Exploiting hierarchical and temporal information in building predictive models from EHR data
Author(s)Singh, Anima, Ph. D. Massachusetts Institute of Technology
Massachusetts Institute of Technology. Department of Electrical Engineering and Computer Science.
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Clinical predictive modeling has the potential to revolutionize healthcare by allowing caregivers to allocate resources effectively, resulting not only in lower costs but also in better patient outcomes. Electronic health records (EHR), which contain large volumes of detailed patient information, are a great resource for learning accurate predictive models using advanced machine learning and data mining techniques. In this thesis we develop techniques that can exploit available patient information to learn clinical predictive models while tackling the challenges inherent in the data. We present our work in the context of predicting disease progression in chronic diseases. We present a novel feature representation that exploits hierarchical relationships between high cardinality categorical variables to tackle the challenge of high dimensionality. Our approach reduces feature dimensionality while maintaining variable-specific predictive information to yield more accurate predictive models than methods that ignore the hierarchy. For predicting incident heart failure, we show that by leveraging hierarchy in the diagnosis and procedure codes, we can improve the area under the receiver operating characteristic curve from 0.65 to 0.70 and the F-score from 0.37 to 0.40. Using simulation, we further analyzed the properties of the data that affect the amount of improvement obtained by leveraging hierarchy. We also present a method to exploit temporal information in longitudinal EHR data. Our multitask-based machine learning approach captures time varying effects of a predictor. Our results show that by exploiting temporal information, our approach can improve risk stratification of patients with compromised kidney function over a model that only use the most recent patient information. Specifically, our proposed approach is able to boost sensitivity from 37.5% to 55.1% (for a precision of ~~ 50%) when identifying patients at high risk of rapid progression of renal dysfunction.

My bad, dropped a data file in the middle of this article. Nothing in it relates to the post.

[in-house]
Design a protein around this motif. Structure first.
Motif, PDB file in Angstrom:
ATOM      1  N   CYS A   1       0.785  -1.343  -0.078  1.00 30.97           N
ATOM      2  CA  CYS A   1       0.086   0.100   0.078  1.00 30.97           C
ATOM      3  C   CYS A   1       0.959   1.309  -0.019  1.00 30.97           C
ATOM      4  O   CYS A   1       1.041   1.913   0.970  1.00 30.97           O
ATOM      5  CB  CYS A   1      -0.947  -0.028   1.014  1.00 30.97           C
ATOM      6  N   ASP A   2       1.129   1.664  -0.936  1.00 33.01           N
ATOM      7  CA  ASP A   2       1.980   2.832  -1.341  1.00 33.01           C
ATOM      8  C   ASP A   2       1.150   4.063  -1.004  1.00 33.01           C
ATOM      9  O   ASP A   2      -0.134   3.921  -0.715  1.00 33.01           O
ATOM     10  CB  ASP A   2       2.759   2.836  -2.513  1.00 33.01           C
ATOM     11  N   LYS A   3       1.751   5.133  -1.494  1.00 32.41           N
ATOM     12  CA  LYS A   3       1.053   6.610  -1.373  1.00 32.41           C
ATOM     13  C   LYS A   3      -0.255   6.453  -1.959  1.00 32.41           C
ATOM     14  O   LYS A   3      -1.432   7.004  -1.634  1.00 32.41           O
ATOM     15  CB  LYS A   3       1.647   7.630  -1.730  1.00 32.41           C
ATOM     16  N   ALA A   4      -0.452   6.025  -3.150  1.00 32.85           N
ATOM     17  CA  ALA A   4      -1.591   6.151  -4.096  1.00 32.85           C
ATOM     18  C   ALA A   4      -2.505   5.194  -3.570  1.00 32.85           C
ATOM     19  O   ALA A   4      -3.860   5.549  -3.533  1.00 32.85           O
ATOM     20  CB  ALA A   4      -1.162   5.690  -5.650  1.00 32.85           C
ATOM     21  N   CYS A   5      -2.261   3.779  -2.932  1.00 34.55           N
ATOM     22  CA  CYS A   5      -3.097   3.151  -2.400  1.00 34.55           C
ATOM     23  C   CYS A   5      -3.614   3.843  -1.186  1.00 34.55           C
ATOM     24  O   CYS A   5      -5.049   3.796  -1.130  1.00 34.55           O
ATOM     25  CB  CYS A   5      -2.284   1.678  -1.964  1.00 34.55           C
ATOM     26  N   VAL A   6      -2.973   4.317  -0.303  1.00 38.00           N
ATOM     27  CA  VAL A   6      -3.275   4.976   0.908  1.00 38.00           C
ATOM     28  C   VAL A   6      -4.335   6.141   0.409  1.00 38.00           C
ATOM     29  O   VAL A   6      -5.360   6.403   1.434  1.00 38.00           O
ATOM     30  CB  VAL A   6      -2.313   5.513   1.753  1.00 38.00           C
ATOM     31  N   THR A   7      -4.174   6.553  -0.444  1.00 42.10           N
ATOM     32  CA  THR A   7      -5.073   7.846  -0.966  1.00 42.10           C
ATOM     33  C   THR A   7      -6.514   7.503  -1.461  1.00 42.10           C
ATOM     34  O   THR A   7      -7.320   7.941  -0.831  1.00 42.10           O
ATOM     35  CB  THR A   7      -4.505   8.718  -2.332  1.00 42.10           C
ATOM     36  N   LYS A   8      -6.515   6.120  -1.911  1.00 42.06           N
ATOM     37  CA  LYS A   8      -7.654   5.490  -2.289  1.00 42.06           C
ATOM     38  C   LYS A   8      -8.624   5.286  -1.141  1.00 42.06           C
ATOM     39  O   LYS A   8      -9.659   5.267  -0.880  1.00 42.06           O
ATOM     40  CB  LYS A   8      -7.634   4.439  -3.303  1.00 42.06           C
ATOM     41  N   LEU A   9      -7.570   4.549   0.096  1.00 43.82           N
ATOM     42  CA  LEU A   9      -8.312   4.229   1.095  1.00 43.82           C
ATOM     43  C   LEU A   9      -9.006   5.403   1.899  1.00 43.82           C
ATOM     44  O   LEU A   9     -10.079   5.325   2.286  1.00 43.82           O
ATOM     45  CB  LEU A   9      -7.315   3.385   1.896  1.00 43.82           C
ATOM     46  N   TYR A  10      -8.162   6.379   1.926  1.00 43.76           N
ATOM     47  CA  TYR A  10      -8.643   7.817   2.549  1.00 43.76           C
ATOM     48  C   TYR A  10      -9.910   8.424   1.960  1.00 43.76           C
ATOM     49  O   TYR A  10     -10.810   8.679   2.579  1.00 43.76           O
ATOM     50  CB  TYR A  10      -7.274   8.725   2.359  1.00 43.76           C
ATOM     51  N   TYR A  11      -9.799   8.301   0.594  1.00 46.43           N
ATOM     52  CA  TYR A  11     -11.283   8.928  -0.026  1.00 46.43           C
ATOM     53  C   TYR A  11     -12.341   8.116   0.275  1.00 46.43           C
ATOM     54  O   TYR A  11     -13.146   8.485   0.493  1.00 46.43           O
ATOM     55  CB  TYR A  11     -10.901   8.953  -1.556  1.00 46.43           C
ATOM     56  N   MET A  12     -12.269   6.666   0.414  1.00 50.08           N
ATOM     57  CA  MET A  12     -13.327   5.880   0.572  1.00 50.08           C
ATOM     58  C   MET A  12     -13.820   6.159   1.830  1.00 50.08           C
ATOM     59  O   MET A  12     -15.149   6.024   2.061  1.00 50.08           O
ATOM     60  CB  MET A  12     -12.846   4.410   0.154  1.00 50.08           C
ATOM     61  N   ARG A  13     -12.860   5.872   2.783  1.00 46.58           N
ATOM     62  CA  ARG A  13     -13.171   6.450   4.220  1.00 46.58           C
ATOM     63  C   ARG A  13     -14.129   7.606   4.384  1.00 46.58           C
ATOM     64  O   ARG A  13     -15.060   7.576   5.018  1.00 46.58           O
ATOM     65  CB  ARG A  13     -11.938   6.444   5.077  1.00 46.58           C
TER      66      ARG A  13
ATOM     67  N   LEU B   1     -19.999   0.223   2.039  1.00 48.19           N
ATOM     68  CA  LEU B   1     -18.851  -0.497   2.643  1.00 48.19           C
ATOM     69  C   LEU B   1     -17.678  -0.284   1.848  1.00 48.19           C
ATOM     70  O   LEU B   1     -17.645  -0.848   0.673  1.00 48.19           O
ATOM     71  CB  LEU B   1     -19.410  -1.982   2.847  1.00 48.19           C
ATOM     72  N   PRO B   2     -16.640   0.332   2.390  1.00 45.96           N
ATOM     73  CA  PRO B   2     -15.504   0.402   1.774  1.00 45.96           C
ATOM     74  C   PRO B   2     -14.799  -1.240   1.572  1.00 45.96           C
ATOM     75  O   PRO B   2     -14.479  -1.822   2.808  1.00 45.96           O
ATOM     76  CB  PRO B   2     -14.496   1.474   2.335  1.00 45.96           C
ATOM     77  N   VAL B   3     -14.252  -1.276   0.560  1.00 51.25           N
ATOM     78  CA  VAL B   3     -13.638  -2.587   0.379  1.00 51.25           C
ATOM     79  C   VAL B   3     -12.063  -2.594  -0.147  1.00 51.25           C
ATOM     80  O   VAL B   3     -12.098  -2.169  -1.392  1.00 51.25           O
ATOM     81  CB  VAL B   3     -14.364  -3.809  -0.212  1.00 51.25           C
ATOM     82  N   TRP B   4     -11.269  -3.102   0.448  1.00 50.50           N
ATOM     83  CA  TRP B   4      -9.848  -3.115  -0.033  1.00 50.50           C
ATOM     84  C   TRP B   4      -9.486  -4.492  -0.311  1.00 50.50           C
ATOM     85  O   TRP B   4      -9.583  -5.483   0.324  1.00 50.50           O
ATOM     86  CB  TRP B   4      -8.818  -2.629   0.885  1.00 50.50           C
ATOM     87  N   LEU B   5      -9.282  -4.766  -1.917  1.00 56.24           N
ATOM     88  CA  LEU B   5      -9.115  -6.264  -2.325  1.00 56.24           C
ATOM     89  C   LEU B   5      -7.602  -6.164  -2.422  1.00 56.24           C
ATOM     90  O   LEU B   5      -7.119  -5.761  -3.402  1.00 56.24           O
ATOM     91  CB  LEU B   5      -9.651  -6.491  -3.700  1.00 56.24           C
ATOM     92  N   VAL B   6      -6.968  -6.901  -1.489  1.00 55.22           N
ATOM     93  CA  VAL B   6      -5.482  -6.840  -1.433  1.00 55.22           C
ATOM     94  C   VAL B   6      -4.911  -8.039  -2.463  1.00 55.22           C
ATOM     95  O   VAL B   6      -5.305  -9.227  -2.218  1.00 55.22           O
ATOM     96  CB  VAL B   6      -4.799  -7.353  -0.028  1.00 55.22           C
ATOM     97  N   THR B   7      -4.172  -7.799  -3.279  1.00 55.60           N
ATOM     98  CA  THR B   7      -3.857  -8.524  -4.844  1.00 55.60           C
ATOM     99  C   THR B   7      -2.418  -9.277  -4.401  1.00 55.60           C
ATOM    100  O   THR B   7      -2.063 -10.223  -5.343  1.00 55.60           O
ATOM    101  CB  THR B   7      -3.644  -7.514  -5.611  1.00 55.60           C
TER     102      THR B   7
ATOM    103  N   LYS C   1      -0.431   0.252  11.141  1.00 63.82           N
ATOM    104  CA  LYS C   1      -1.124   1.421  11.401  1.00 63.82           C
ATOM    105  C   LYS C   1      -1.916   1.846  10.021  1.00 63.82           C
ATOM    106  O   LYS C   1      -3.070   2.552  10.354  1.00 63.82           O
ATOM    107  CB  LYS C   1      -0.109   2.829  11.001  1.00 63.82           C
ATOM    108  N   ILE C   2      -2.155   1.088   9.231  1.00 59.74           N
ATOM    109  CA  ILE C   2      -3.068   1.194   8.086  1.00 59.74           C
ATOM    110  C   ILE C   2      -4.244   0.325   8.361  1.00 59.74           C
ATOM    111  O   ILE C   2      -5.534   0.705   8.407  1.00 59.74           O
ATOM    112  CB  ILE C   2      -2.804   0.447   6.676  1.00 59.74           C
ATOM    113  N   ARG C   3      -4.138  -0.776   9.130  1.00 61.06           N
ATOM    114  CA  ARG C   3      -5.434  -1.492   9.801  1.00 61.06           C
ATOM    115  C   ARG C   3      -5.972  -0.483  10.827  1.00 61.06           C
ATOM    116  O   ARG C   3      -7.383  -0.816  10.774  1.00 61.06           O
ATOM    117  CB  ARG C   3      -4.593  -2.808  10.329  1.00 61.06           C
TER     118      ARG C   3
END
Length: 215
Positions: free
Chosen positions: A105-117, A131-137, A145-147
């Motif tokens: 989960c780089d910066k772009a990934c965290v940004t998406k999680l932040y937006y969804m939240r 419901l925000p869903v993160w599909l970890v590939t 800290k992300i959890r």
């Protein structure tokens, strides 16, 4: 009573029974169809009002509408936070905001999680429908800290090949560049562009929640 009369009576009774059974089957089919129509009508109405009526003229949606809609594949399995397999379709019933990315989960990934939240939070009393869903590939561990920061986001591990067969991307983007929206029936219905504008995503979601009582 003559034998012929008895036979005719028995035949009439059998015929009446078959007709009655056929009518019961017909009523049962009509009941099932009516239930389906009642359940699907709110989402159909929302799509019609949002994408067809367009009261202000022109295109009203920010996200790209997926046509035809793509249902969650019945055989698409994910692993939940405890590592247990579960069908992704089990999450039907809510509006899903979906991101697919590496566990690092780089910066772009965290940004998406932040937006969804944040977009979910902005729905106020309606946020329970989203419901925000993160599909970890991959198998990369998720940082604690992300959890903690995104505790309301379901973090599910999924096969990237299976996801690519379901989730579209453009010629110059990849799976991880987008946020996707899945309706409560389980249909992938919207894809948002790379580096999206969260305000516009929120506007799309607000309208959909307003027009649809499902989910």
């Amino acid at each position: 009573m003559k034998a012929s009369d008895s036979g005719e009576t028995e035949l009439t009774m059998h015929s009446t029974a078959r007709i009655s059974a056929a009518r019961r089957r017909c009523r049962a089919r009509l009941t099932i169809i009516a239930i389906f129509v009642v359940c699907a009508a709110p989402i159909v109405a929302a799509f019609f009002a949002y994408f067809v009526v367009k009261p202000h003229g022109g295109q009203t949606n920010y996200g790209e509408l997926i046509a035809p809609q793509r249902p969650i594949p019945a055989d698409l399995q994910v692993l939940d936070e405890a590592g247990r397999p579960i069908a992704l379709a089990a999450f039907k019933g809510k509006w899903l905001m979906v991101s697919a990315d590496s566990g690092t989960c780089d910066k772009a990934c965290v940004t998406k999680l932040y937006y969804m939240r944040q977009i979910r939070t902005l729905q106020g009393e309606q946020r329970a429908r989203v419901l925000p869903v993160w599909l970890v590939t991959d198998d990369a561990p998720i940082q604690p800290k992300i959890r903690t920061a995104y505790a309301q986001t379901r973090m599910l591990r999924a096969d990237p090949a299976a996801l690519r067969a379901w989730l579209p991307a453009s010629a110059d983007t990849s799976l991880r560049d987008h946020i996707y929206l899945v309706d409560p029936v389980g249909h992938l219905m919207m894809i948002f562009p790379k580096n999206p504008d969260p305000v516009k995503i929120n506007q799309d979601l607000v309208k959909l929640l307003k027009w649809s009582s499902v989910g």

Thesis: Ph. D., Massachusetts Institute of Technology, Department of Electrical Engineering and Computer Science, 2015.This electronic version was submitted by the student author. The certified thesis is available in the Institute Archives and Special Collections.Cataloged from student-submitted PDF version of thesis.Includes bibliographical references (pages 123-126).
DepartmentMassachusetts Institute of Technology. Department of Electrical Engineering and Computer Science.
Massachusetts Institute of Technology
Electrical Engineering and Computer Science.